Criminals threaten to strike: why is this considered bad?

With the mass protests against the proposed immigration reform, we see once again President Bush’s trademark political tactic: find the difference between what your opponents SAY they want and what they REALLY want, then offer them exactly what they ask for. Then the fun begins: the delight of watching them promptly toss aside everything they had been demanding and revealing their true agenda.

For years, we’ve been hearing from the “immigration advocates” over and over again that they don’t want an amnesty program, that there has to be a crackdown on those who hire and exploit illegal aliens, and that the existing laws are unenforceable and unworkable. So Bush put forth a plan that said no to amnesty, eased enforcement, and put penalties on those who hire illegal aliens. And as a sop to the right, a plan to build a wall along a small portion of our southern border.

And will you just look at how the “immigration advoates” react? Huge protests. Massive rallies denouncing the idea of strengthening and enforcing existing laws. And lo and behold, a demand for amnesty for illegal aliens.

Several “immigration advocates” all cited the same generic sob story: the poor illegal alien who has lived and worked in the United States since 1986, simply trying to support themselves and their families, never getting into trouble, and now they find themselves targeted by a draconian law.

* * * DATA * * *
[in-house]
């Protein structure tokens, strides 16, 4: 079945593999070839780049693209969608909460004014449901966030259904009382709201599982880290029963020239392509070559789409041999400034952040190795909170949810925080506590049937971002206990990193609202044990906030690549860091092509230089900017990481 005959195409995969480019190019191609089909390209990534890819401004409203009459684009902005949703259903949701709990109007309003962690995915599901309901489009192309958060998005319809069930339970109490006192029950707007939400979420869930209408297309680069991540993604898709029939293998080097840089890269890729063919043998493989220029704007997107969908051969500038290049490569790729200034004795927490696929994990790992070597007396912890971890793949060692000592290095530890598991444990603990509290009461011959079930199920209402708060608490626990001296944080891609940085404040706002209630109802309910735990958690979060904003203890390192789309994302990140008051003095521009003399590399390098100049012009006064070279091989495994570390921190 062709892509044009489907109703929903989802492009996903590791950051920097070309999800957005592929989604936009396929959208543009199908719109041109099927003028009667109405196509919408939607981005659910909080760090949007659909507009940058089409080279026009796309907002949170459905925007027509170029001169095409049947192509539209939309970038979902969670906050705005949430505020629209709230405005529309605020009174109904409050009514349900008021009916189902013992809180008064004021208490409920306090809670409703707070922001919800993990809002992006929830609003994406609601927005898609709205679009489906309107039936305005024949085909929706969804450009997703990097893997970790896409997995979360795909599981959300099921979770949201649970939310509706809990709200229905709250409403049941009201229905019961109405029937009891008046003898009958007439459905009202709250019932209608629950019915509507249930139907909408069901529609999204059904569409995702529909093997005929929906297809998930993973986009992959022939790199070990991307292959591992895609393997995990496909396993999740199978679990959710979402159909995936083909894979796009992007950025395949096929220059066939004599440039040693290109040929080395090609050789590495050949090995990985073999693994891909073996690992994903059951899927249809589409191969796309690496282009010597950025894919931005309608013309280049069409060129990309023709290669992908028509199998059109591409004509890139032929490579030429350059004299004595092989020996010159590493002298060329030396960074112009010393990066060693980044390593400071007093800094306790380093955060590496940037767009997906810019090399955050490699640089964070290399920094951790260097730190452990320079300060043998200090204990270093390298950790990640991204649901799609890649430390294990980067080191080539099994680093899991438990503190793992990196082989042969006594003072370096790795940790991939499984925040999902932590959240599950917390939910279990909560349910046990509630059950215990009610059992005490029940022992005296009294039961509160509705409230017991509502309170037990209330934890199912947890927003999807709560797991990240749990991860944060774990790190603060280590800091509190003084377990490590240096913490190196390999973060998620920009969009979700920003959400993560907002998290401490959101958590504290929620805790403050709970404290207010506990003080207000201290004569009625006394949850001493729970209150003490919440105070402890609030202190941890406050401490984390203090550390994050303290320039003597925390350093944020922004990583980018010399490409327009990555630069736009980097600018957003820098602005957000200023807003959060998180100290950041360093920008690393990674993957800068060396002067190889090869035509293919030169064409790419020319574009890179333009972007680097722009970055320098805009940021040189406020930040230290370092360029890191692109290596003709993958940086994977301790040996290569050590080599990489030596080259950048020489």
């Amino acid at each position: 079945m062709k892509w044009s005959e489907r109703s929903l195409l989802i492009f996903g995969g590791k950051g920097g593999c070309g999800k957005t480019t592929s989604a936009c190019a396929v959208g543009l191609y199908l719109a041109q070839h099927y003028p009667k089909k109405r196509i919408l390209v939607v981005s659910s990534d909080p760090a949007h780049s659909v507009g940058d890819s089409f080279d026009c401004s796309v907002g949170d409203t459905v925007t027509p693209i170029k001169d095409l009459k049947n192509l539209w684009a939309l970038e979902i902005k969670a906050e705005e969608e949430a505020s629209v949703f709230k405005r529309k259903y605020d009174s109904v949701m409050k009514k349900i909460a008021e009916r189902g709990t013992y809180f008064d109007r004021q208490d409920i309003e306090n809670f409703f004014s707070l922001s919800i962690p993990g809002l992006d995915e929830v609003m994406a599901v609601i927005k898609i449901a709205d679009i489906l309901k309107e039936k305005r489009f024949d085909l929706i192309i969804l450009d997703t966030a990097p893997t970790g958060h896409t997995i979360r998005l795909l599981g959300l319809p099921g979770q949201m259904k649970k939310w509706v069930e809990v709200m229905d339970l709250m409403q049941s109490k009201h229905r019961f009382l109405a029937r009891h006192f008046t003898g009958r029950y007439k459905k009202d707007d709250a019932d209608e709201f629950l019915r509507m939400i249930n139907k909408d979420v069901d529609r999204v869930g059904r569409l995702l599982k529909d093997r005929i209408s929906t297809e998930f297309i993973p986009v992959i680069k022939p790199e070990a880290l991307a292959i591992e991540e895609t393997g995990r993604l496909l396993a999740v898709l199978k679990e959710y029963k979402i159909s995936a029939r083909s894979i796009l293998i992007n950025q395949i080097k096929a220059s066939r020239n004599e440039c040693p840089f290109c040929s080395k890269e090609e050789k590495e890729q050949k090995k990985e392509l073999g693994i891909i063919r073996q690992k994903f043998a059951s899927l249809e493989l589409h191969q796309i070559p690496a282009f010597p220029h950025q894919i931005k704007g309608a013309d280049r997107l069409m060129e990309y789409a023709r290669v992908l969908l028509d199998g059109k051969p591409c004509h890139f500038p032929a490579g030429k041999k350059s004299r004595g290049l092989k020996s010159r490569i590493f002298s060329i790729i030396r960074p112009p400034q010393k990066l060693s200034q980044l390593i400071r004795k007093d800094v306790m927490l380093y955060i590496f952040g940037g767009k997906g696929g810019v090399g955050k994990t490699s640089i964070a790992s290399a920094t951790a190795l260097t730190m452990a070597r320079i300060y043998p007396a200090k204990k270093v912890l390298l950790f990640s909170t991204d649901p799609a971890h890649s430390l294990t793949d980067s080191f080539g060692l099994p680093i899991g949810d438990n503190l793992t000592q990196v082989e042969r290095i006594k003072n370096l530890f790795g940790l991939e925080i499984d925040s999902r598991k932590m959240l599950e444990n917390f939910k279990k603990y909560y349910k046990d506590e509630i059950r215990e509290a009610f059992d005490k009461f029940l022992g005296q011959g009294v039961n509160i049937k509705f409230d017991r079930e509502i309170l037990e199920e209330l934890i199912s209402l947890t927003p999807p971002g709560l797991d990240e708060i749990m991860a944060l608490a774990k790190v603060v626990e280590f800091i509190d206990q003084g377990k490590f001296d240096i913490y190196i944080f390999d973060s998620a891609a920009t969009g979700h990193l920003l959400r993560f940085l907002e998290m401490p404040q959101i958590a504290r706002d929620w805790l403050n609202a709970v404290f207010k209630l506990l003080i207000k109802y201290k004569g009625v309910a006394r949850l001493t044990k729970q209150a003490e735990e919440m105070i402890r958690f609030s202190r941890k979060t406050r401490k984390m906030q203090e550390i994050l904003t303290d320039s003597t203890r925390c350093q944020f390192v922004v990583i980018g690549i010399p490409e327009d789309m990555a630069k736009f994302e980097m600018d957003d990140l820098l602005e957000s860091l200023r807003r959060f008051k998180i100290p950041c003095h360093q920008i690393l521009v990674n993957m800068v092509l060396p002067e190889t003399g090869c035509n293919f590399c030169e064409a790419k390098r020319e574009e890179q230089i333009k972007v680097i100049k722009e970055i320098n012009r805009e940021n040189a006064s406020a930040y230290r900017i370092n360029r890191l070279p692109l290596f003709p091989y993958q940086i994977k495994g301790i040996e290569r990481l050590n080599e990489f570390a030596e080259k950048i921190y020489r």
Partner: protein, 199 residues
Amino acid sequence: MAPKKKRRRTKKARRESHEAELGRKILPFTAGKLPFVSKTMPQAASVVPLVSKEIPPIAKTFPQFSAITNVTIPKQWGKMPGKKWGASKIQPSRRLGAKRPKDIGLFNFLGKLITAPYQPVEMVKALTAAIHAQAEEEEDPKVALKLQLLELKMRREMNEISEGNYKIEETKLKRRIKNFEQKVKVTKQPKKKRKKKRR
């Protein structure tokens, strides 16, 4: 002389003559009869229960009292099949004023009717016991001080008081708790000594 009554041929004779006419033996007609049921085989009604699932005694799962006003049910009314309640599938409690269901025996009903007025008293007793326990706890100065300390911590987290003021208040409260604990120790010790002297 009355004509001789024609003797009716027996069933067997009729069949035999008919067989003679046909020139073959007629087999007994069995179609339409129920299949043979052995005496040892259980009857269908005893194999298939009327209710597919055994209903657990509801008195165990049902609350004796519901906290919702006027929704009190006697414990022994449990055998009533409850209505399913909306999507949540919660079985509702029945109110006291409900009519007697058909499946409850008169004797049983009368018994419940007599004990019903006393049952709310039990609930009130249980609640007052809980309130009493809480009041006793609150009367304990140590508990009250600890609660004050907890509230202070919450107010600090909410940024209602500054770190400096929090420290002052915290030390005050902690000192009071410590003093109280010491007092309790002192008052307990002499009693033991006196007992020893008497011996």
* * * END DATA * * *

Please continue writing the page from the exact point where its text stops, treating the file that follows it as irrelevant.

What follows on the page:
But why 1986? Why did several of the “immigration advocates” all come up with that magic year?

Because in 1985 the United States did grant amnesty to illegal aliens. And despite the insistence of some that there would never be another amnesty, and the pledge of “immigration advocates” that they would never ask for another amnesty, here it is again — just as I and so many others feared.

The fundamental question behind all this is stunning in its simplicity: does the United States have the right to maintain and secure its own borders, to regulate and control who comes into the United States, when, how, and why?

I think the answer is yes, we do have that right. And the “immigration advocates” agree with me — in theory. They just want to carve out exceptions, special cases, exclusions, and enough other loopholes to render the whole concept meaningless. They are willing to live with the appearance of actual border security, as long as it doesn’t actually involve anything beyond symbolic gestures and vague platitudes.

The “immigration advocates” are planning a one-day “work stoppage,” a day when no illegal aliens will show up for work. I hope they extend it indefinitely, because I suspect their claims of just how dependent we are in illegal alien labor are vastly overstated. And I’d really, really like to find out.

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  1. cubanbob March 29, 2006